Saving FEMA

    It is painfully obvious to everyone who is paying attention and even to some who aren’t, apparently including President Bush, that the Federal Emergency Management Administration is broken and may be unfixable under the its current profile. It is frightening to consider what might occur after the kind of terrorist attack we have been contemplating since Sept. 11, 2001.

    If FEMA is incapable of shipping truckloads of ice to the right place or to facilitate the relocation of hundreds of thousands of Gulf Coast evacuees weeks after the storm, how in the world can it manage the aftermath of a nuclear explosion or a dirty bomb in a major population area? The answer is, of course, the agency cannot _ not without major surgery that excises some of the bureaucratic cancer that infects it.

    Day after day since Hurricane Katrina wreaked havoc from New Orleans east into Mississippi and a milder version, Rita, smacked Texas and other parts of the Louisiana shore there has been nothing but one reported FEMA screw up after another. The utterly unqualified director Michael Brown was forced to resign almost immediately after a response that looked as though it had been photographed in slow motion and the new Homeland Security Department failed its first test in nationwide confidence building.

    But that was then and after eight visits to the devastation _ the last with a hard hat on his head and a hammer in his hand _ the president would seem to have the situation under control. Well, at least that was the appearance until the local television news began broadcasting the fact that FEMA was still spending tens of thousands of dollars to ship frozen water to everywhere except where it was needed. After receiving orders to go to places like Iowa, they would be ordered to somewhere else where the outlook for a disaster was about the same. Some truck drivers got so disgusted they dumped the ice along the road or at zoos where bears found it exhilarating.

    There was instant speculation that the ice had to be kept on the road rather than being replaced at locations closer to the disaster because a FEMA had lost the formula for making it.

    In the midst of this comical but sad exhibition of incompetence, there were reports of more serious failures, promised supply trucks that never arrived and delays everywhere. Among the most frustrating of these has been FEMA’s refusal to let local and state jurisdiction have access to their refugee lists to reunite families and weed out wanted criminals, sex offenders and parole violators from among the evacuees.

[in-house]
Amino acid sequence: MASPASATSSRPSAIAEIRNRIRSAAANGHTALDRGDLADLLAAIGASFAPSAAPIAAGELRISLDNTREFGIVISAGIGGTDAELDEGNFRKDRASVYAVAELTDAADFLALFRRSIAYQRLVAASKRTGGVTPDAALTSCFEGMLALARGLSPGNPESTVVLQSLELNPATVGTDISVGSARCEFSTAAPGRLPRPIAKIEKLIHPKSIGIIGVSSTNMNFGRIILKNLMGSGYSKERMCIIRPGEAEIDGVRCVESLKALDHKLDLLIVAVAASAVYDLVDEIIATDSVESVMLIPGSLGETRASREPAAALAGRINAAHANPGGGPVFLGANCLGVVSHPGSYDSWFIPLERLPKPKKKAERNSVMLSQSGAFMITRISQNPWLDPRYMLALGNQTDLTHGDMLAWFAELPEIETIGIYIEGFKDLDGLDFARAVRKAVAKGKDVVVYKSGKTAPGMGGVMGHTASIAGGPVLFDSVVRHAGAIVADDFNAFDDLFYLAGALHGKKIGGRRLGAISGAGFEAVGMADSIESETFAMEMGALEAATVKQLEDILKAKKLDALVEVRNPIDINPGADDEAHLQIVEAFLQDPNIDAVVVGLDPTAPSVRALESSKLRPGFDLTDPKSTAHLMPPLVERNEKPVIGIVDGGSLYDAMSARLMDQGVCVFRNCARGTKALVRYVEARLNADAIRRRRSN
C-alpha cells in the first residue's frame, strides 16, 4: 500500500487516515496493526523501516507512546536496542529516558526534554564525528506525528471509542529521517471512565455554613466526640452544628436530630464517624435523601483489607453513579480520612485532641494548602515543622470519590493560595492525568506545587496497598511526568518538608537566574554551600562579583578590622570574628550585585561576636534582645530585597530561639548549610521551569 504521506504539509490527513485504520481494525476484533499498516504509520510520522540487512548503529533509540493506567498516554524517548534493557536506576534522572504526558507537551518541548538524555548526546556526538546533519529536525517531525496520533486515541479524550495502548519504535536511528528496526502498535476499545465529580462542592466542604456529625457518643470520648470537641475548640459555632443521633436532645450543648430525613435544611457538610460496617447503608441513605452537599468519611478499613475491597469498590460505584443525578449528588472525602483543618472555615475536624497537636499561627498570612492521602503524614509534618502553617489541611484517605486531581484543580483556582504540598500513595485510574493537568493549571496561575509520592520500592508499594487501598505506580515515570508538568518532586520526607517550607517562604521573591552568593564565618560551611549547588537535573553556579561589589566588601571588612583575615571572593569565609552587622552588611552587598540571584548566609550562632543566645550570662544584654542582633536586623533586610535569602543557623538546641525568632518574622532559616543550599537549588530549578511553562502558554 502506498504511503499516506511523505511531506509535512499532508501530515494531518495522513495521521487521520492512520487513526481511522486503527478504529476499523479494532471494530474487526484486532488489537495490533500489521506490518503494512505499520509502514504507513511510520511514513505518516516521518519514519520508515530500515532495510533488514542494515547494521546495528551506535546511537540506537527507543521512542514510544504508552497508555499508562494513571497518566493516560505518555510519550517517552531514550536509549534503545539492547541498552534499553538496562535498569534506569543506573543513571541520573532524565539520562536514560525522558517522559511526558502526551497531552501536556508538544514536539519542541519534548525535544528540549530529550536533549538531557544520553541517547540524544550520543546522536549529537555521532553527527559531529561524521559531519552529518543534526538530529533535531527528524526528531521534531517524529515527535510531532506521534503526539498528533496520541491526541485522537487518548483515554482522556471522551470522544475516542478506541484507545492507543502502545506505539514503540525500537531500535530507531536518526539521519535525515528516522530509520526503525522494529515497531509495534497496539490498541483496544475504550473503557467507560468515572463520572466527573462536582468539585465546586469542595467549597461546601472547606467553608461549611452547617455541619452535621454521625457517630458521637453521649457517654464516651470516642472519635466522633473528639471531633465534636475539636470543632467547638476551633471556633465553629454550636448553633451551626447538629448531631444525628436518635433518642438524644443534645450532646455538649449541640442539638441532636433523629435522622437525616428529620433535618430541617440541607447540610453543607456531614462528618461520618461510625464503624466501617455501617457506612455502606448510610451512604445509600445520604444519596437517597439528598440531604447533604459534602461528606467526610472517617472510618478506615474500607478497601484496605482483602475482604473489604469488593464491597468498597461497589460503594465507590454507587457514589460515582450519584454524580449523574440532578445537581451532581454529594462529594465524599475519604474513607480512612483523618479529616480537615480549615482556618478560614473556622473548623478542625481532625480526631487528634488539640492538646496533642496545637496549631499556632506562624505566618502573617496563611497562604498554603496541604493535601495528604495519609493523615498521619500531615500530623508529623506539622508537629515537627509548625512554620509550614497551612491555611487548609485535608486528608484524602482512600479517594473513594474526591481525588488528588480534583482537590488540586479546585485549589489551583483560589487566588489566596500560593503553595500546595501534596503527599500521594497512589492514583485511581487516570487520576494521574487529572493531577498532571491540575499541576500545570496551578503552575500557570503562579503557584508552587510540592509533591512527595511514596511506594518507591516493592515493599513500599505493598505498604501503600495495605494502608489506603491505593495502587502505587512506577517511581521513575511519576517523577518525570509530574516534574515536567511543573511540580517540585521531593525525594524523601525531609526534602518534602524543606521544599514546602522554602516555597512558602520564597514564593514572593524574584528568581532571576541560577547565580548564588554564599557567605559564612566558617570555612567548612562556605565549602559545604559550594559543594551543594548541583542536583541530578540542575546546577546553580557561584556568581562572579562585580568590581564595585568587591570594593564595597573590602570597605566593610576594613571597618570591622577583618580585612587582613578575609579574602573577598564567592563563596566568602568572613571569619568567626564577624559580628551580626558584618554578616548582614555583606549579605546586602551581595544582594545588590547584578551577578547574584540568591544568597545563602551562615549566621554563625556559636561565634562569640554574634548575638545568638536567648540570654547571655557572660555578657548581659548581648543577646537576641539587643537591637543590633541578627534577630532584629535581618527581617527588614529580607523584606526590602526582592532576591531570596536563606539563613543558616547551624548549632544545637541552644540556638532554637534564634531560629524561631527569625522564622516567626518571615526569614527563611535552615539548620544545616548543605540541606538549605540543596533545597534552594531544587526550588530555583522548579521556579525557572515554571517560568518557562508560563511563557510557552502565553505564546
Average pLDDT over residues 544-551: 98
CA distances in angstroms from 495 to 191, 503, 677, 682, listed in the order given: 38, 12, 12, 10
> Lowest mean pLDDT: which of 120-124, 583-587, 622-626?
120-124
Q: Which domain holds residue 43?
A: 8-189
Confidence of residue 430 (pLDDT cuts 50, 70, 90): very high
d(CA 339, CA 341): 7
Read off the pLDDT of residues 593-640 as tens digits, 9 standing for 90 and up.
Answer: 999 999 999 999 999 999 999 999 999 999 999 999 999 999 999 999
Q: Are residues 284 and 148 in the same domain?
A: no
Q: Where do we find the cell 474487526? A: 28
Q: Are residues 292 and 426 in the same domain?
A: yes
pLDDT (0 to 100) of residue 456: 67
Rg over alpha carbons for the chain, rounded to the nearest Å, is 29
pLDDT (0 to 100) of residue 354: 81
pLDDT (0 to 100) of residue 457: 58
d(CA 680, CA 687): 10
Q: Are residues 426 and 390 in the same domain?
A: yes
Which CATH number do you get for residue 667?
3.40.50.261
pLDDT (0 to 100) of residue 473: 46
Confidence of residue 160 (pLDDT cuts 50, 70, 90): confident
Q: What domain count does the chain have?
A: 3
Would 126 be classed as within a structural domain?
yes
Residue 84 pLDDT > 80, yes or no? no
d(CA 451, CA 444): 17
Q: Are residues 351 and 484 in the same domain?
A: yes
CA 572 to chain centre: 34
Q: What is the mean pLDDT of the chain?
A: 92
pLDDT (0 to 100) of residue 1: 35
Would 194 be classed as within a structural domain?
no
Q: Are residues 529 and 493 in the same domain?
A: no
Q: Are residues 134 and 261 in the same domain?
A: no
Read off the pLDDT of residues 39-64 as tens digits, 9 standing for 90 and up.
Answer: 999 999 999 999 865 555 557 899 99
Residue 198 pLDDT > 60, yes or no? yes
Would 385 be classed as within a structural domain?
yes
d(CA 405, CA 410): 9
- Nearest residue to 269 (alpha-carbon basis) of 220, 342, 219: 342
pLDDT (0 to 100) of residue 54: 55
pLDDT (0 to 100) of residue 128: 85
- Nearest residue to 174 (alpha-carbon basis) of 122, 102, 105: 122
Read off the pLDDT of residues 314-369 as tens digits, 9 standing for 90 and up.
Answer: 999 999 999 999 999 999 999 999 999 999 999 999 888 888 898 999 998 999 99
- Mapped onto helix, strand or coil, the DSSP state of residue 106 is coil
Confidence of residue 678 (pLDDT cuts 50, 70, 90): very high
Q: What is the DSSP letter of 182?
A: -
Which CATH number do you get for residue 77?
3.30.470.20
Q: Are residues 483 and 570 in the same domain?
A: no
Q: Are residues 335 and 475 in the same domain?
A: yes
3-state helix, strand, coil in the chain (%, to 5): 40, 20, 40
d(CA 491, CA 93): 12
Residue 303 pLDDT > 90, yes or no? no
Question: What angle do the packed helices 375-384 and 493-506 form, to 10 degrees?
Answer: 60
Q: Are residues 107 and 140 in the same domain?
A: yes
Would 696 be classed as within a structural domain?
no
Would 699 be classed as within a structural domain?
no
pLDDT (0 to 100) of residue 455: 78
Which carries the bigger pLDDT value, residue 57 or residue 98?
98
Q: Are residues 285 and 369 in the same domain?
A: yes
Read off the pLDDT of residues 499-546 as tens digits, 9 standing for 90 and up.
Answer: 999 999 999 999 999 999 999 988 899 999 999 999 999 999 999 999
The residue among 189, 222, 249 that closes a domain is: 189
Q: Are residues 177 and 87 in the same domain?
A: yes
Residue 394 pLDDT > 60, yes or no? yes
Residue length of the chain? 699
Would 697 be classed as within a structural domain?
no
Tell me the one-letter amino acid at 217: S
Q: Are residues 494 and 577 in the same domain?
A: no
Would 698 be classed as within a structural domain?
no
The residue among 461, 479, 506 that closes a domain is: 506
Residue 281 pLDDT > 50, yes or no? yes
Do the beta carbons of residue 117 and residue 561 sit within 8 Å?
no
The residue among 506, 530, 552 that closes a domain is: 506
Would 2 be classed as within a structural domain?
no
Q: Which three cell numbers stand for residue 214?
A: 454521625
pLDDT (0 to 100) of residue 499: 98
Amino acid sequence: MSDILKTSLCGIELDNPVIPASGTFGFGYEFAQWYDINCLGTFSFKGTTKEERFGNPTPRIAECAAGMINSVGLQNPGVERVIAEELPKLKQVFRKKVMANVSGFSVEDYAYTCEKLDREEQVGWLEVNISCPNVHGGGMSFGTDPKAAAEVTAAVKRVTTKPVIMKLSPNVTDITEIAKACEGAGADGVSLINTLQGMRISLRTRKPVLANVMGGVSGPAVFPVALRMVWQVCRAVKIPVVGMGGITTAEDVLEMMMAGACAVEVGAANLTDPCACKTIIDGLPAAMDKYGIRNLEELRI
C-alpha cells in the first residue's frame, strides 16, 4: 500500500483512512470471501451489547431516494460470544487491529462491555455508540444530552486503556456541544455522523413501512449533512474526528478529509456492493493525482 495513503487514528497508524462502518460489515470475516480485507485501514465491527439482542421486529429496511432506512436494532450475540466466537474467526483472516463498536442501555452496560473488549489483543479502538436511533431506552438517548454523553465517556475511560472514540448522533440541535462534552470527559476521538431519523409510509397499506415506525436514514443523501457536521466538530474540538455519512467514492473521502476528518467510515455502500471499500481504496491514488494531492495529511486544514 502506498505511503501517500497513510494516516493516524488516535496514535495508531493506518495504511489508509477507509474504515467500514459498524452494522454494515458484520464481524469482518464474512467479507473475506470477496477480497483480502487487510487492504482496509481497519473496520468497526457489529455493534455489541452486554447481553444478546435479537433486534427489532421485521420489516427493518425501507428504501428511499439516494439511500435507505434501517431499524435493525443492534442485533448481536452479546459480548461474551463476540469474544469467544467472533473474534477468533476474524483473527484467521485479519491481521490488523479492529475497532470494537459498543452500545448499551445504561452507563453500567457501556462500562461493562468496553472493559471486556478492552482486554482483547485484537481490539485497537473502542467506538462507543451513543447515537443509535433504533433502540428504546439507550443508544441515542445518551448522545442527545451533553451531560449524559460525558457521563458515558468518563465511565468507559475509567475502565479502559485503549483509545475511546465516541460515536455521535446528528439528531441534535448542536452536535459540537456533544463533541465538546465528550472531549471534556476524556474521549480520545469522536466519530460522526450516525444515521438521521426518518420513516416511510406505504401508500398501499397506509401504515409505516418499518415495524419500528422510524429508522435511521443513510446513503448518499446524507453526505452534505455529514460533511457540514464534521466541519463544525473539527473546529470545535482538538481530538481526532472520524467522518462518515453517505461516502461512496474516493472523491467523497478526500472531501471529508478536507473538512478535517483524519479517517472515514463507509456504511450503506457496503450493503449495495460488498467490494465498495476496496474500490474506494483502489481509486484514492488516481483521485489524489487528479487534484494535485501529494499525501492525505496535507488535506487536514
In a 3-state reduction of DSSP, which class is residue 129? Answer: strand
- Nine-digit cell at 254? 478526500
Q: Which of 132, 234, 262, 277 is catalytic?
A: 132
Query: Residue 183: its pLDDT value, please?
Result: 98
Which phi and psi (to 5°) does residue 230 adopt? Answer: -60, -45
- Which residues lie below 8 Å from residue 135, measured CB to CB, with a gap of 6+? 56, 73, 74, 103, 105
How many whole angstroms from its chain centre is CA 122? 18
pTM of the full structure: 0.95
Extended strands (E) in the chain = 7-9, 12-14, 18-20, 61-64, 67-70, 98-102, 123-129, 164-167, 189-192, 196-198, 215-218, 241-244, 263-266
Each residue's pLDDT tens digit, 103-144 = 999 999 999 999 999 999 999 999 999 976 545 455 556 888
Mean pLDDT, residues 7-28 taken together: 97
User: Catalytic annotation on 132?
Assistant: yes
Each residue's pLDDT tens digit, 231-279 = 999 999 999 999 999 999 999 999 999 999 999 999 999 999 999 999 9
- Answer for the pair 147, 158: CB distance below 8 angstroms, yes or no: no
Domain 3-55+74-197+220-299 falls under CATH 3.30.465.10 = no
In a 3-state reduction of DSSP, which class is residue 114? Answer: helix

Then there is the shelter problem. The waste and woes of this are monumental and so complex as to defy the abilities of trained personnel let alone the nitwits who run this agency.

    Where are all the interim trailer homes and other temporary shelters that FEMA has promised? The administration is spending $8.3 million a day to house more than a half million evacuees in hotel rooms despite a deadline of Oct. 15 to have most of them moved into some more reasonable housing until their own homes are rebuilt. Those in apartments who are receiving $768 a month for rent, the national average, often are faced with costs above $1,000 and are now looking at eviction. Their problems have been exacerbated by the way FEMA handles payments. Rather than pay the landlords directly or give vouchers for rent, FEMA decided to give the evacuees cash, which many then spend for other necessities.

    If it can resist the urge to place blame for political advantage, the Congress should use the current debacle to completely overhaul the approach to such disasters. Nothing in the national experience, including the 9/11 attacks, has been quite as traumatic nor revealed as many flaws as the response to these storms and floods. The best place to start is to remove FEMA from the inept and unmanageable Homeland Security department and completely rebuild it into an independent quick response agency with a minimum of bureaucracy.

    In the meantime, rather than swinging a hammer for the television cameras, the president should be rolling up his sleeves and spending his time cleaning up this mess in Washington.

    (Dan K. Thomasson is former editor of the Scripps Howard News Service.)